As far as innovative species go, human beings are about as exceptionally innovative as it gets. Over the yeast, we have been very much dedicated to furthering our own evolution and progress. As such, there have been many exciting inventions that have been brought to the table and advanced and enhanced over the years. From the smart vending machine to the introduction of the first semi autonomous vehicle (and every invention in between and beyond), it is more than fair to say that there have been many exciting innovations that have each had their own impact on the world around them.
The introduction and ongoing advancement and enhancement of data collection, for instance, is an innovation that in many ways was always going to be inevitable, thanks largely to the fact that we have been living in a world that has become more and more digitally and technologically empowered and proficient over the years. The more time that we spend connecting via devices and online services, the more data is obviously collected, adding to the ever-growing pool of data collection that spans the globe. This is where big data comes into play.
The introduction of big data
Big data is defined as “a field that treats ways to analyze, systematically extract information from, or otherwise deal with data sets that are too large or complex to be dealt with by traditional data-processing application software”. Essentially, big data refers to significantly large data sets that analyse patterns to reveal and explore behaviours and interactions between human beings. In the digital era, the introduction and ongoing enhancement of big data has never been as important as it is right now. As data became more prominent, big data obviously also started to gain momentum.
Big data has been instrumental in our understanding of the wider world. It started as a data analytics avenue afforded to power users like academics, large government departments and data security agencies. Now commercial applications of big data have been realised thanks to the media giants like Facebook, Twitter and Instagram fighting for user attention. Decentralised technology has underpinned these new, now normal, applications. The likes of AWS, Azure and other cloud platforms has enabled any company, large or small, to spin up computer clusters at the click of a button. Many companies like Netflix started this way. Ingesting, distributing and analysing gigabytes then quickly petabytes of data.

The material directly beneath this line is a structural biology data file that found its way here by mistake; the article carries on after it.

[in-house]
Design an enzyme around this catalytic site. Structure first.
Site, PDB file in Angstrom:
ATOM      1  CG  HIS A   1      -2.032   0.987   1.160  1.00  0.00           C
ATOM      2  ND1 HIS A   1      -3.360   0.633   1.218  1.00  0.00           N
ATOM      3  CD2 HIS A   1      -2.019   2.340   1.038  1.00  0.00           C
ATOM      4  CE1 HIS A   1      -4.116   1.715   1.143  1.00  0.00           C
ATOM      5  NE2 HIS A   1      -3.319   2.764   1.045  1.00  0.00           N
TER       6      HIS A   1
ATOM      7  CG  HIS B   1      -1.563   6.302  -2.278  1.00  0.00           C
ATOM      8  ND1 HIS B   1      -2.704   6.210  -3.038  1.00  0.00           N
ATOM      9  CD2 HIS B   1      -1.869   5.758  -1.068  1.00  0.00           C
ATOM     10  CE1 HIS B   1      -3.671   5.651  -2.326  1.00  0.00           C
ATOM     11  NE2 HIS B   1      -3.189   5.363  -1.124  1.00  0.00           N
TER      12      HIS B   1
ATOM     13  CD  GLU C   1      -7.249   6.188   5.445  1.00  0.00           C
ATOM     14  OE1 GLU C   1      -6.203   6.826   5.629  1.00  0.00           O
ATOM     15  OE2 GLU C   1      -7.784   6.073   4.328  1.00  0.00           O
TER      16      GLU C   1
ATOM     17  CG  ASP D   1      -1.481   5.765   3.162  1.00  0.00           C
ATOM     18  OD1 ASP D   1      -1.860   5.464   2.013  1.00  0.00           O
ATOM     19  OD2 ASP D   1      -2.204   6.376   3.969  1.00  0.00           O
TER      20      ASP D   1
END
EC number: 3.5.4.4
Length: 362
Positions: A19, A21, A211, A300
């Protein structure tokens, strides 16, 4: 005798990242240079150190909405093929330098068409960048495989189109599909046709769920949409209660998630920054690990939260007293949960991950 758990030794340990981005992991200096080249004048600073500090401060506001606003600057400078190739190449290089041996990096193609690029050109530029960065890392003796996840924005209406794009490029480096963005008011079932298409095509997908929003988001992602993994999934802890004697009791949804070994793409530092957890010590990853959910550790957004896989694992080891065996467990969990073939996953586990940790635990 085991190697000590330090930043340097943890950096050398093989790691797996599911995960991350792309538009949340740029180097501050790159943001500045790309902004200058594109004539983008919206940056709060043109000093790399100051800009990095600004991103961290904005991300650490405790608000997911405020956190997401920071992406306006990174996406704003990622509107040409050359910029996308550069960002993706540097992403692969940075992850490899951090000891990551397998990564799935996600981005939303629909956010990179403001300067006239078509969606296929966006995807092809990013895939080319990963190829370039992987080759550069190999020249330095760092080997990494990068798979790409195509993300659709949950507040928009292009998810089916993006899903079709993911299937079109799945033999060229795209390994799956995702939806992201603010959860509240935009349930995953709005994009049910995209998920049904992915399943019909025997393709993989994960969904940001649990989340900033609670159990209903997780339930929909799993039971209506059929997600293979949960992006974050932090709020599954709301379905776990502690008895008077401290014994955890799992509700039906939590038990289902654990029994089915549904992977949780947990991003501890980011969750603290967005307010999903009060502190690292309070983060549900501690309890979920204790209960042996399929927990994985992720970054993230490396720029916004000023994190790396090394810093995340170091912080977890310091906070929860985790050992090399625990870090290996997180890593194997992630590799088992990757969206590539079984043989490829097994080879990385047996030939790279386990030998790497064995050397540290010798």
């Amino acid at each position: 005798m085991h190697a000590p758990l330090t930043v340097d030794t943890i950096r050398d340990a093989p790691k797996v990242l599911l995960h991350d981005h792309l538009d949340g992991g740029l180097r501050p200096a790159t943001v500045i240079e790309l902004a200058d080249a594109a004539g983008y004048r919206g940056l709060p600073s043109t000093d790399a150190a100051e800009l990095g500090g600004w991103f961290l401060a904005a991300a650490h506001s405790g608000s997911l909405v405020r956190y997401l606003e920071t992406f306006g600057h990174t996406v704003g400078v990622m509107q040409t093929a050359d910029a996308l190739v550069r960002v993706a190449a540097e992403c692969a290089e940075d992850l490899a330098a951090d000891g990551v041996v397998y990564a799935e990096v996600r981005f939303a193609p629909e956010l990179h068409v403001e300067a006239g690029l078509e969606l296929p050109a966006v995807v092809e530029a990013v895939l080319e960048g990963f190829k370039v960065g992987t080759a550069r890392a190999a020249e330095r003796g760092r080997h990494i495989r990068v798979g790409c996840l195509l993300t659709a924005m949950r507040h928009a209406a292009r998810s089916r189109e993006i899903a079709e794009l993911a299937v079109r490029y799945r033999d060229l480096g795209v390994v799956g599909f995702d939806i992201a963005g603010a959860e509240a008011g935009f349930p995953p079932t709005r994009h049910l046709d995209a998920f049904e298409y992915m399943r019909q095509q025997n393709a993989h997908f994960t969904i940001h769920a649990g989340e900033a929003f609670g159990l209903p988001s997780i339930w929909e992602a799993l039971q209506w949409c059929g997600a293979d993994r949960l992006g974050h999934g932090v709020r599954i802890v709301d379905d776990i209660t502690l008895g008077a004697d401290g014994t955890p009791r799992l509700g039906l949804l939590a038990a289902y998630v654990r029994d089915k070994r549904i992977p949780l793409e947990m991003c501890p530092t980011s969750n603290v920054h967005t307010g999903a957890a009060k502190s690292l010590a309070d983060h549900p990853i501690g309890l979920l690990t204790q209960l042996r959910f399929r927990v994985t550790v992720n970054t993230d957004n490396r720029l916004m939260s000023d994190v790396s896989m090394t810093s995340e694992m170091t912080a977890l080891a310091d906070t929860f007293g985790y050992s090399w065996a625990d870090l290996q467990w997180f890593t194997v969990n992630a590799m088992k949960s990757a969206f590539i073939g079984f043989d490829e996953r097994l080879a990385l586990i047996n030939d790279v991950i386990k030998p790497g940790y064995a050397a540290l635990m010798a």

This has had a trickle down effect for everyone. It is now no longer the domain of phd students accessing their expensive on site computing facilities to run their simulations and big data analytics. It is now available to everyone to do so, this has created job roles, whole business sectors and a greater appreciation of what big data is today. Its hard to understand or appreciate just how many aspects of business, technology and our data rich lives this concept touches.
What’s for certain is that companies, individuals and organisation all see the benefits of having these insights and they all want to be more data driven.
The rise of big data
The rise of big data is still very much an ongoing phenomenon. Big data essentially extracts and formulates patterns in data sets that are then utilised to organise and detail those data sets more and more easily. Now that big data is more important than it has ever been, we are steadily seeing it become more prominently utilised and prioritised all the time. In the digital era, big data is always going to have an important role to play. In fact, as time continues to go by, that role is only going to continue to become more and more important and profound.
So far we’ve seen big data drive countless operations of analytics, everything from purchasing habits to how cars are driven. This has netted us some real advantages. For example, Tesla, churning through millions of miles worth of data that details driver behaviours have managed to incorporate this insight into their software updates. Why? Well this knowledge allows them to optimise the performance of their cars and add an extra ~20-30 miles on the range of particular models. Optimisations is just one pillar of big data collection and usage.
The prominent role of big data
The exceedingly prominent role of big data is a role that continues to find its footing and cement its value more and more all the time. Because there is an ever-growing need for big data, there is an ever-evolving market that continues to propel itself forward, onward, and upward. The future of big data is going to be bigger and better than ever – and that is just the tip of the iceberg. There is a whole lot more to see where all this came from. The best is most certainly yet to come.